When we went to book a berth in Simons Town Marina at the False Bay Yacht Club, we discovered two things. One, they quoted us higher rates (20% higher) than what was on their web site (they apologized and said they hadn’t updated the web site yet). And two, you have to pay a significant daily rate to the yacht club (required whether or not you take advantage of all their services). We also found out later the club demands payment to those anchoring in the harbor because they are supposedly “responsible” to the Naval Base for anyone in the port. We paid the fees.
Despite the higher than expected expense, we enjoyed our time at the marina and club. The facilities were in reasonably good shape, and the club was welcoming. Simons Town is conveniently located for sightseeing both locally and in Cape Town. We really liked the quaint local stores and restaurants in Simons Town. The location is especially good if you are willing to hire a car, but you can also take the train into town (be aware of crime issues on the train though). Also, be aware that the wind can blow quite hard (we often saw 50 kt gusts in the marina) on any given day or night – but, this is true in the entire area. The marina waters are well-protected, so the winds rarely cause any surface chop. But, swells do come into the area causing a fair amount of motion. Lines must be checked frequently for chaffing. You don’t want your boat rubbing against the docks.
We also had issues with work done in Cape Town. We had a leak with a hydraulic cylinder for our steering, and assumed it was a seal, so I took it to an engineering company in the city. They put a new seal kit on the cylinder, but it turns out they installed the piston backwards – which I didn’t realized until later. They quickly re-installed it after I pointed it out at no charge. Later, after we left Cape Town, I found out we still had the leak. It turned out a close inspection of the piston revealed a nick in the rod. Fluid was being forced out when the rod went past the seal. They should have inspected it.
Prices for goods in the chandleries in South Africa can be quite high. Some products, like Southern Ropes are made in South Africa, but the prices aren’t special for the ropes in the chandleries. South Africa has no documented process for bringing in parts or other goods duty-free for yachts in transit. Marinas will most likely direct you to using a clearing agent, and you can expect additional fees due to typical African graft expectations. This lack of yacht-in-transit duty-free arrangements (found in most countries of the world) is a serious problem in my opinion that needs to be addressed.
We had several other business issues while in the country. I had a pair of binoculars repaired by the manufacturer repair facility, but after I got them back it quickly broke again. I had to take it back again and they did a better job the second time. A decal company we asked for a quote from in Richards Bay never got back to us after several promises, so someone gave me the name of a decal business owner who immediately came and gave me a quote. Come to find out it was the same company I had worked with before! Then they ended up with the wrong material causing another day delay, but at least they quickly resolved it and didn’t charge me extra when the manual work took longer than they had estimated. It just seemed that quality services are hard to find. We weren’t the only foreigners that had such issues.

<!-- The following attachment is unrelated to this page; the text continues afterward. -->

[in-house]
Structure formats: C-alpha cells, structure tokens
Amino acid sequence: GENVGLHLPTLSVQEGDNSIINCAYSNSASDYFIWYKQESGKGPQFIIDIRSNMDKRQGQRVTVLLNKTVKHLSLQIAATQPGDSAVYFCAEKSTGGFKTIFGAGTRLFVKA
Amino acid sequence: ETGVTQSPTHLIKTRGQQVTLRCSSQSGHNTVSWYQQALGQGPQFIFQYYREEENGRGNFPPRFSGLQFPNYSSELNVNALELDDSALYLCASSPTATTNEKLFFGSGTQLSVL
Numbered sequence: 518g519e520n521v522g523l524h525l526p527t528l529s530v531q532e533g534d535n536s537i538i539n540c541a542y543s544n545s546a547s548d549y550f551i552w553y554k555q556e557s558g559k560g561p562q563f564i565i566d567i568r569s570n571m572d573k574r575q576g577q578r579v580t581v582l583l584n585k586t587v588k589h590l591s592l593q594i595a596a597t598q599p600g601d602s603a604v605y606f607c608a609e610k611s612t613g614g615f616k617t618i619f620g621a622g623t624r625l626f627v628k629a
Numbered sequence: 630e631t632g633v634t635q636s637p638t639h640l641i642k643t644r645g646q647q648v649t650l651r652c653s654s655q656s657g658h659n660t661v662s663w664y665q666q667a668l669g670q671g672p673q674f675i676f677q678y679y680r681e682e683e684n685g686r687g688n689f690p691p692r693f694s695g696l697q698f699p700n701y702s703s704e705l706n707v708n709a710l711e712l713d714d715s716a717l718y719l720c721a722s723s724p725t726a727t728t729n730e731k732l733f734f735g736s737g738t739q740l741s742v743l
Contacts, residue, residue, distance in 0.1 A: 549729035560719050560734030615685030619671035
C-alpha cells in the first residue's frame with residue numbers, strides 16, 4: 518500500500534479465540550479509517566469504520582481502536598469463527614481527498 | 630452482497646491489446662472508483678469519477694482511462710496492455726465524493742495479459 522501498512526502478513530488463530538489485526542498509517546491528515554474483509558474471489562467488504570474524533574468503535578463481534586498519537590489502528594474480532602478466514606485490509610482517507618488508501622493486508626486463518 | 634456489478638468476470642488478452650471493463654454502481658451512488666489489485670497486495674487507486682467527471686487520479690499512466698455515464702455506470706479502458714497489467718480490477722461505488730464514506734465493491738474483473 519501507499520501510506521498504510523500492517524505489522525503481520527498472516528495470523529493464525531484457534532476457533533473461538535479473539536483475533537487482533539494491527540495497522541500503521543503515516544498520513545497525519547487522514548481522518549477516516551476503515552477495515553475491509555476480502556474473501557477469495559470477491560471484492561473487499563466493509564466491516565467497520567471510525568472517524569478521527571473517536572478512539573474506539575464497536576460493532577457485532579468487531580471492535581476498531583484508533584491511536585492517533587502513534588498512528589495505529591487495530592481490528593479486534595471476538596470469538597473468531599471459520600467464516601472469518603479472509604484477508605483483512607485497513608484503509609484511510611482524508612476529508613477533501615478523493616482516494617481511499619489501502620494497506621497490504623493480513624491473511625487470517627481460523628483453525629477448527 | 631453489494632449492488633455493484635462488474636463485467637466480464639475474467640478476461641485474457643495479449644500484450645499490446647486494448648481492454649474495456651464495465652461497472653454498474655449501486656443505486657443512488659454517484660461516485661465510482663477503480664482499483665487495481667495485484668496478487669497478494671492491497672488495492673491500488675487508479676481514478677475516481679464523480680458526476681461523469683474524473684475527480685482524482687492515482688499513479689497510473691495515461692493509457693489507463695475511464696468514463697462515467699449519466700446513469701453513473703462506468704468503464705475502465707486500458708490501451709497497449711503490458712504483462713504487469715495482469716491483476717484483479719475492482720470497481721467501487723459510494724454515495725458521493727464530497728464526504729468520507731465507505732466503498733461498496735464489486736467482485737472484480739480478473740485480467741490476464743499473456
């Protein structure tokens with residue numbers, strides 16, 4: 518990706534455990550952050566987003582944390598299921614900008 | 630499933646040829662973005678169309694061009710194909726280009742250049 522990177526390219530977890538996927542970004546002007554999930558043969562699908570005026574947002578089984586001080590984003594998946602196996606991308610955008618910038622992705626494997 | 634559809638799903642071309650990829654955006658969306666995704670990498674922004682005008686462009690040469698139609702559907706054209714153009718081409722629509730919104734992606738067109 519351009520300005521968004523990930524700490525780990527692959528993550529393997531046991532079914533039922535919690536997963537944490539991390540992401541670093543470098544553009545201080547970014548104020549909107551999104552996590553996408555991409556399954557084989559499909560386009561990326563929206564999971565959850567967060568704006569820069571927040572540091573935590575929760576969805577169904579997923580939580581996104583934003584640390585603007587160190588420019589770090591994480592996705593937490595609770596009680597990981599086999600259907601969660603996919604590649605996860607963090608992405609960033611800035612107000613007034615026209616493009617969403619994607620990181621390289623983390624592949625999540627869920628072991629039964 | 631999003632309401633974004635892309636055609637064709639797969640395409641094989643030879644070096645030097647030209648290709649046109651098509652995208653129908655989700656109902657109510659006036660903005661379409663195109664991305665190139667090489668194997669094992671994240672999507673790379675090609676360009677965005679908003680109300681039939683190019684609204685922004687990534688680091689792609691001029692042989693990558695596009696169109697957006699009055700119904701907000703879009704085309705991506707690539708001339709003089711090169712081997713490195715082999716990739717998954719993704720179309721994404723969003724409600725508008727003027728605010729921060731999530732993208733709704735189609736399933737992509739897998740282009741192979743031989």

Unfortunately, we didn’t escape problems even on our last day in South Africa. We knew for weeks that there was an issue with the process of clearing out in the Cape Town area. Officials for some reason will not let vessels clear out from Simons Town to leave the country. Boats have to go to Cape Town to clear out. Rumors were that the Royal Cape Yacht Club in Cape Town was required to be used for clearing out and you had to pay them fees both for the process and for mooring (slips only). As we, and several other boats, were preparing to leave Simons Town, new rumors surfaced that the customs and immigration officials were not requiring yachts to go to Royal Cape to clear out. Supposedly you could go on the main wharfs there temporarily at no charge and do the process. Several crews attempted to clear out from Simons Town, but were told they had to go to Cape Town.
We attempted to contact the Royal Cape to see if they could accommodate our catamaran. They said they could – and I tried to get them to tell me what the rate would be. Multiple calls to the person responsible, and I never made contact. We left Simons Town anyway, and finally reached the Royal Cape dock manager as we approached. He said we could use the “immigration dock”. We were happy with that since, as we all know, immigration docks are made available to yachts on a temporary basis for clearing purposes. We got there to find a rather dilapidated dock with a finger barely long enough to tie off Tahina. But, we were only there a few hours we hoped at most, so we thought that was ok. We had to jump over gaps in the docks where they were replacing seriously over-weathered wood slats throughout the marina. It was in sad shape.
We went to the marina office to sign in, and they re-iterated their US$25 processing fee, and then told me a fee for the mooring. I explained we were on the “immigration dock” and we were not told about any slip fee. They said “sorry, but there is a fee and you have to pay for the night even if you stay a few hours”. I said I wanted to talk to the manager.